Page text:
Despite climbing by more than 10% a year since 1968, bullion has struggled to post anything other than flat returns during 2013.
With global growth on the up, it’s hardly surprising that the precious metal has had such a difficult run, but put in its historical context, gold hasn’t performed as badly in more than 30 years, leaving experts wondering whether gold is now looking incredibly cheap.
“Upside down” year
As pointed out by Adrian Ash, head of research at gold and silver exchange Bullionvault.com, the yellow metal has had an “upside down year”, offering investors little clarity about where gold's price could be heading next.
“Gold in 2013 has done almost exactly the opposite of what it typically does,” he said. “Crashing in spring, and rising sharply in summer, the gold price has reversed what veteran investors call seasonal patterns.”
Looking at bullion’s numbers, Ash clearly has a point. Normally the shine comes off the precious metal in the summer because Asian investors have just spent the quarter before stocking up, then demand normally picks up again in the autumn as India’s Diwali - the festival of lights where gold is traditionally bought around or on the day - draws closer.
Analysing the price movements over the year so far, Bullionvault’s Ash said the bulk of the time gold has done the opposite of what history would suggest, and only at two points, July and August, has gold been able to turn its flat numbers into a 19% rise.
“Only in March did gold really stick to the script, and even then it turned the average post-1968 slip of 0.2% into a nasty 2% fall,” Ash said.
"Looking at `2013, the last time gold performed anything like this badly was in 1982. From the start of that year, gold prices fell 25% by the end of June; this year gold sank 30% down by midsummer. 1982 then bucked gold’s more bearish trend with Dollar prices ending the year 8% up overall. Where the price will be at the end of this year remains to be seen, but one thing’s for certain, 2013’s topsy-turvy ride for gold isn’t over yet,” he added.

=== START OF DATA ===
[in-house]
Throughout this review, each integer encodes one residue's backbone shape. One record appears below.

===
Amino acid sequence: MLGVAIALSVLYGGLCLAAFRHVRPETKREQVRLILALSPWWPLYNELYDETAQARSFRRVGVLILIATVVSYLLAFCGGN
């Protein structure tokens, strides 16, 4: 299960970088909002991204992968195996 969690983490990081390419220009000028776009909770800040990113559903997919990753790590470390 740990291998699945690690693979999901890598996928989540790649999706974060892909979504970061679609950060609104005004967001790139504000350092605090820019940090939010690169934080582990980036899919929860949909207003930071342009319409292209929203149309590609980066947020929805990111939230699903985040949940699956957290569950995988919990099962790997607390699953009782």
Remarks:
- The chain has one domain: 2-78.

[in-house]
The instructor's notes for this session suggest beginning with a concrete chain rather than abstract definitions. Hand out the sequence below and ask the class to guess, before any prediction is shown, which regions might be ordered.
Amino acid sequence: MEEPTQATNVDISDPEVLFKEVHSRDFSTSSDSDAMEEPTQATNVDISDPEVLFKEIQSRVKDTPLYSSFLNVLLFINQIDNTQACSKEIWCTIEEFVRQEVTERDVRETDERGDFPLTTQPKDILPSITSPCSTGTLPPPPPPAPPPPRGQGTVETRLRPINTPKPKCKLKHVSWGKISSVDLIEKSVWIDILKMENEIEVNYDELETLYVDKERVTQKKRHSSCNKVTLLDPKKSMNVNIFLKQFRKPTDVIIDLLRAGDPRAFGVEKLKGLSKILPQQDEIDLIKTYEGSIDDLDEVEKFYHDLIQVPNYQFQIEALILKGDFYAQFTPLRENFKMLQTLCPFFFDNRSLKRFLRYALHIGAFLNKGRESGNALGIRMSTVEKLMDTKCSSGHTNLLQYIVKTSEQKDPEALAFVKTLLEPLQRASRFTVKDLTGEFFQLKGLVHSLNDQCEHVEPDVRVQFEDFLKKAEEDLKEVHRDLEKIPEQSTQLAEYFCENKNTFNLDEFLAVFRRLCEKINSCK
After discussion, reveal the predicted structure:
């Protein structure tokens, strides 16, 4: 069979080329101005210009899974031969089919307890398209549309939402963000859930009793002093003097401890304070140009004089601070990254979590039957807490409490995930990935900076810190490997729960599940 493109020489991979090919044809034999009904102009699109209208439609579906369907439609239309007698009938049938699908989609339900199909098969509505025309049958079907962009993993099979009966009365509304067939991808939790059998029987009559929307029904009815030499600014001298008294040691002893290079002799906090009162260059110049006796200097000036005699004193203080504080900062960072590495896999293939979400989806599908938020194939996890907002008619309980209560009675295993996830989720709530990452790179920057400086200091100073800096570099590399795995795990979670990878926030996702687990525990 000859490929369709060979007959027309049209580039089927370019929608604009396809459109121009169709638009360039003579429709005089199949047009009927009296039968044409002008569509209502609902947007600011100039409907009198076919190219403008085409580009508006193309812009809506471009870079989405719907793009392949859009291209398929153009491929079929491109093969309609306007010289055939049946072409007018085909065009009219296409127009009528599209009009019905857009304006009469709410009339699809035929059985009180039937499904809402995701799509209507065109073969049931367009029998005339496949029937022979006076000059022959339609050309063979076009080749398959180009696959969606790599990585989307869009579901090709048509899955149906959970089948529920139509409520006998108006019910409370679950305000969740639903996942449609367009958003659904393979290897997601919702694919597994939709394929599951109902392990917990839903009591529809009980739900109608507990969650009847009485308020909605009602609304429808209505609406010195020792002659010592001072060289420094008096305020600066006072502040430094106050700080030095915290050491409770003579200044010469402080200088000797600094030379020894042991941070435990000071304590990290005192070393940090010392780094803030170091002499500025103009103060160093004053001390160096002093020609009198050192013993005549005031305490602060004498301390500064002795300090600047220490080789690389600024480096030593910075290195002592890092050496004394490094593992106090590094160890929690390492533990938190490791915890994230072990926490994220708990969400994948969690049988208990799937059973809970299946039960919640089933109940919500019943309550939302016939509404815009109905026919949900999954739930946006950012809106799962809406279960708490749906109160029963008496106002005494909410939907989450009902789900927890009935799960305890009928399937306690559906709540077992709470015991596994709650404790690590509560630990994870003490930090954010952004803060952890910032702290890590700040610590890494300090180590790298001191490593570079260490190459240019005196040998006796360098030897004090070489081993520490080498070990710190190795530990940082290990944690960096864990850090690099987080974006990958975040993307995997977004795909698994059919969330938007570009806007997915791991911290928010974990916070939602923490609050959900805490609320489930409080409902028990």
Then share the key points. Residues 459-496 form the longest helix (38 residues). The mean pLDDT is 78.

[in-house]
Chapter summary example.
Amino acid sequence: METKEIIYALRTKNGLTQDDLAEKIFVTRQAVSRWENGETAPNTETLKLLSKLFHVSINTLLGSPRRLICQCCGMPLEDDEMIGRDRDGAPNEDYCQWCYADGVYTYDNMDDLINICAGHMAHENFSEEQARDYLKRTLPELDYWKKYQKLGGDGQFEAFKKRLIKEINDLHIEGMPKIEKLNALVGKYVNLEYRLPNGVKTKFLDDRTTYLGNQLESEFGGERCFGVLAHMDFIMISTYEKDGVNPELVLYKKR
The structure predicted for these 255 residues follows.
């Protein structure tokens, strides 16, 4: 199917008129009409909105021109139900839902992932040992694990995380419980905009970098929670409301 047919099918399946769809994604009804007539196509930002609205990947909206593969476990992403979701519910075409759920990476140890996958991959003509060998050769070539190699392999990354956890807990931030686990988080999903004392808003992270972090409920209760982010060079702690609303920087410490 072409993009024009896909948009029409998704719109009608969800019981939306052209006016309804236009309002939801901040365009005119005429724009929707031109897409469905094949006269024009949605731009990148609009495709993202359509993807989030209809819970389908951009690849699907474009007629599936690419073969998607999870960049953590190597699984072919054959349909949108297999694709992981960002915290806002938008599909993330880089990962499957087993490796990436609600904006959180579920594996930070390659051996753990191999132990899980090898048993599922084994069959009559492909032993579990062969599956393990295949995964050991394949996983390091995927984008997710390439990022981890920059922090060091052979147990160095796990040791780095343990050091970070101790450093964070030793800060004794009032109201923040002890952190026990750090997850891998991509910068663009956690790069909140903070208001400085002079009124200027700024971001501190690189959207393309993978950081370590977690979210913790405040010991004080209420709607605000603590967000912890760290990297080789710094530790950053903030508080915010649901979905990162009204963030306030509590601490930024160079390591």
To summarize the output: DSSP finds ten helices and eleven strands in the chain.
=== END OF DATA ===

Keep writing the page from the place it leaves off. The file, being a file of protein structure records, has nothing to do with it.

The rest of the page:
Stage set for a turnaround
However others disagree with Ash and while they acknowledge that gold (and silver) have been hard pressed at times, they believe that the precious metal’s fortunes will change.
According to the team at Golden Prospect Precious metals, a “renewed upward trend” may be seen once gold’s weak holders and speculators have been “shaken out” the market.
Portfolio manager Will Smith said he believes we have already seen the worst in terms of the gold price for this year and that the fundamental reasons for holding gold are still valid, though for gold equities, challenges around costs remain.
Speaking to investors, Malcolm Burne, chair of Golden Prospect Precious Metals, said that he, too, is upbeat on gold’s outlook, though concerns surrounding quantitative easing (QE) among other things could act as a powerful headwind.
Burne said: “Whilst all the positive arguments for gold should remain intact going forward, prices will continue to be directed by news events surrounding the current geopolitical turmoil, QE tapering by the Fed and the eurozone debt crises.
“Gold will always be an emotional subject with many bankers and investors. But without any counterparty risk that other financial instruments carry, it still remains the best insurance policy around today. When serious inflation inevitably kicks in once more the final stage of gold's long-term bull market should see gold and silver shares outperforming all other forms of investment and asset classes in quite a spectacular way.”